• A reduction in underwriting costs since major medical plans no longer determine rates based on health and medical history.[1]
  • Caps imposed by the ACA: 20% for group market insurers and 15% for the individual insurance providers.[2]

The caps are meant to incentivize insurers to find efficiency. If insurers exceed the cap, they pay a rebate to their policyholders.[3]

In 2016, the Congressional Budget Office (CBO) reported administrative costs to break down across the different insurer markets as follows:[4]

  • Individual Health Insurance: 20%
  • Small Group: 16%
  • Large Group: 11%

By comparison, government-administered Medicare spent just 6.4% of total operating costs on administration for both their traditional insurance plans for seniors and workers with severe disabilities and their private plans in 2015.[5]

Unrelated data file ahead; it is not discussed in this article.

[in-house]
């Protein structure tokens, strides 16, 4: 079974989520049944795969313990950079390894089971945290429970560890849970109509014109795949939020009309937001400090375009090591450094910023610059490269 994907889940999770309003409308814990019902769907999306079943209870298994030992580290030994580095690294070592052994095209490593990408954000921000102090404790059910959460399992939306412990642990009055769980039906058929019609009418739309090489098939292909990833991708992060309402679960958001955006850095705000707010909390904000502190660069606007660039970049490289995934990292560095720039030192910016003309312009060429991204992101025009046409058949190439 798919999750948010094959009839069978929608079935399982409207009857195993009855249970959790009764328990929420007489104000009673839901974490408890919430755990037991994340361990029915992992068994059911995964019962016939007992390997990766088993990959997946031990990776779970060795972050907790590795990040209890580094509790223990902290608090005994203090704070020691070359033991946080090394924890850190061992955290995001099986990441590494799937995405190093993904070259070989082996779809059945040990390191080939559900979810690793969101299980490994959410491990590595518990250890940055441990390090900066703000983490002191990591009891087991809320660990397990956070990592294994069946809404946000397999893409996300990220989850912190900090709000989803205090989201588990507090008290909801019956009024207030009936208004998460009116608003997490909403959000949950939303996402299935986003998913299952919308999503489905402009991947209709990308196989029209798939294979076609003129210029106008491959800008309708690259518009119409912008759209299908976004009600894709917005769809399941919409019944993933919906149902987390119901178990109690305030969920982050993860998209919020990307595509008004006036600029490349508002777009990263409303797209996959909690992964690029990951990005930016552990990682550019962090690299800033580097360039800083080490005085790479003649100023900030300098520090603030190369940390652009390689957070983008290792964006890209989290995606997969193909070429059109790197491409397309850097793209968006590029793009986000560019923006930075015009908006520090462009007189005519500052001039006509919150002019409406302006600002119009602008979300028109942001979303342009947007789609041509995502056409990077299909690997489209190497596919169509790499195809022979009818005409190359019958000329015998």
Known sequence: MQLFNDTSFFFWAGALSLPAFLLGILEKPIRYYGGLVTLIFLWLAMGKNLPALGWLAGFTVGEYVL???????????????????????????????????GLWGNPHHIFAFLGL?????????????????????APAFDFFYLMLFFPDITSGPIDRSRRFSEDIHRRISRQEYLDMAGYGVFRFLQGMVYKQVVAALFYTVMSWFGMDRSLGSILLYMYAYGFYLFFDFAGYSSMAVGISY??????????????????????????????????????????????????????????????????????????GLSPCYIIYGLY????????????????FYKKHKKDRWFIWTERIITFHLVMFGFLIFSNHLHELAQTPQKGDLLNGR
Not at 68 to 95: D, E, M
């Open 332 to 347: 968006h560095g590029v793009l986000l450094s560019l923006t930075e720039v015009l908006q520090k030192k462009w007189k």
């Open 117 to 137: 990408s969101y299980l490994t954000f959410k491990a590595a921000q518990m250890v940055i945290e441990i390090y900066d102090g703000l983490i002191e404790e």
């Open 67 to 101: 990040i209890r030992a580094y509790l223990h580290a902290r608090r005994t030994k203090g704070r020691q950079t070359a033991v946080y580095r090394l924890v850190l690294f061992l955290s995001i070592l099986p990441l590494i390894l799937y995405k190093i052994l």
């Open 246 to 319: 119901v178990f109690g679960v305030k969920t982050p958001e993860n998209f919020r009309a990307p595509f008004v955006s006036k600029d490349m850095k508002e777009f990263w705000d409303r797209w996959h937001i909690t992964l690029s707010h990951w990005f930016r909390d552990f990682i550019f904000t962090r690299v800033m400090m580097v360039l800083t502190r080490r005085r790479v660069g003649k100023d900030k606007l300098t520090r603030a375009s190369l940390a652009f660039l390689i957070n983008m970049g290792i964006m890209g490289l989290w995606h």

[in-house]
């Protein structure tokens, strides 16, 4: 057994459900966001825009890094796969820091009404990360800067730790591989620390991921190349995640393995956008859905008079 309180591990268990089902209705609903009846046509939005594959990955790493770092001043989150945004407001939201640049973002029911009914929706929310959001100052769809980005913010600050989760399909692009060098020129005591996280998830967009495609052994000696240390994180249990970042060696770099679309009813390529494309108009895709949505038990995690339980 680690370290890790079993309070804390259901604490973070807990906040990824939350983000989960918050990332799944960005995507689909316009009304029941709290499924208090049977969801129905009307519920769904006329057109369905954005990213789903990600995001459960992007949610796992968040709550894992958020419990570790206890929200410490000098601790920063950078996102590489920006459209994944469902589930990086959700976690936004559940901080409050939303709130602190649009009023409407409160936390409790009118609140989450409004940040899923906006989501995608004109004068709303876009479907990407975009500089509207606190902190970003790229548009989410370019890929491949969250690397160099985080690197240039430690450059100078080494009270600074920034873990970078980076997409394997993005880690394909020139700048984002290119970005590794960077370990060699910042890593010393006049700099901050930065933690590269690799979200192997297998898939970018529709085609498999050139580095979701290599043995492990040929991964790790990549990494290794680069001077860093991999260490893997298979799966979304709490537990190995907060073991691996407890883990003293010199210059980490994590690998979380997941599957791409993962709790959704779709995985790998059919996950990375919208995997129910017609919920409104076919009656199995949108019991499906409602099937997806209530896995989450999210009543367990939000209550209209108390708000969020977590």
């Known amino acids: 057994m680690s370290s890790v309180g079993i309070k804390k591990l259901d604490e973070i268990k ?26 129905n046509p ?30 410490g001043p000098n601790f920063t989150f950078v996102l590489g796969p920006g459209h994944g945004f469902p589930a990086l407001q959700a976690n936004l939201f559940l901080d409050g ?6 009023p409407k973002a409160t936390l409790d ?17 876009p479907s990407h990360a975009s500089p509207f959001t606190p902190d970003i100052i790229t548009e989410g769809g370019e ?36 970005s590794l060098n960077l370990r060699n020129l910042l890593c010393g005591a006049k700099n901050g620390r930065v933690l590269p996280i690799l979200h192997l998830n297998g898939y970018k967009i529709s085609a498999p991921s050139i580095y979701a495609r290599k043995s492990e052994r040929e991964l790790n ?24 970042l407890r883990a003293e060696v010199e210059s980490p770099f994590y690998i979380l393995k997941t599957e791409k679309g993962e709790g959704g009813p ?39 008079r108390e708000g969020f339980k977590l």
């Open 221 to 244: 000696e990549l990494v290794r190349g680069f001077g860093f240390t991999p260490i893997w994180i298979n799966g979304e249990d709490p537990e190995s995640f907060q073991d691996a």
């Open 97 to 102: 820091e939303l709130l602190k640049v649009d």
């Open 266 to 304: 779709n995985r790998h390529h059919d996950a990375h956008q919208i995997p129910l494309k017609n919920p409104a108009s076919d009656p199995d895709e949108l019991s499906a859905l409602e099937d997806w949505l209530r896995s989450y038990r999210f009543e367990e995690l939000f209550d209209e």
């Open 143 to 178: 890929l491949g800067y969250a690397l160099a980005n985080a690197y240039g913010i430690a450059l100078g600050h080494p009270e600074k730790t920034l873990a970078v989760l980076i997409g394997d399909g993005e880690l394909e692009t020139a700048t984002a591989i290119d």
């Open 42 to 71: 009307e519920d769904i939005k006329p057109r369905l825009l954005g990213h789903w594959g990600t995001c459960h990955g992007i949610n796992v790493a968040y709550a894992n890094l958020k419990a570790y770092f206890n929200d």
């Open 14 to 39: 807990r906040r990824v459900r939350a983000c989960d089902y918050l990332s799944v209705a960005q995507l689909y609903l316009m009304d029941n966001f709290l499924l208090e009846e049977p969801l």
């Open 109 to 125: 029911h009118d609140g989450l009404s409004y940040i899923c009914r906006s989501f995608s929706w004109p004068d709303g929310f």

As you can see, there’s likely still room for administrative efficiency and savings when it comes to the private insurance market.

Claims and the Rising Costs of Healthcare + Treatment

The most obvious answer to why health insurance is so expensive is because healthcare is so expensive.

Of course, new and advanced treatments and technologies can be expensive,[6] but even the cost of basic preventive care — screenings, testing and your regular checkup — has increased. For instance, the cost of a pneumococcal vaccine has risen by more than 50% between 2010 and 2017.[7]

And all that preventative care, as well as the essential health benefits mandated by ACA-compliant plans, is now shared by all healthcare consumers.

Rise of Chronic Illness and Obesity

The increase in healthcare costs can also be attributed in part to lifestyle changes. Chronic disease rates have been on the rise — and they aren’t expected to slow down anytime soon. Do you know anyone with diabetes or heart disease?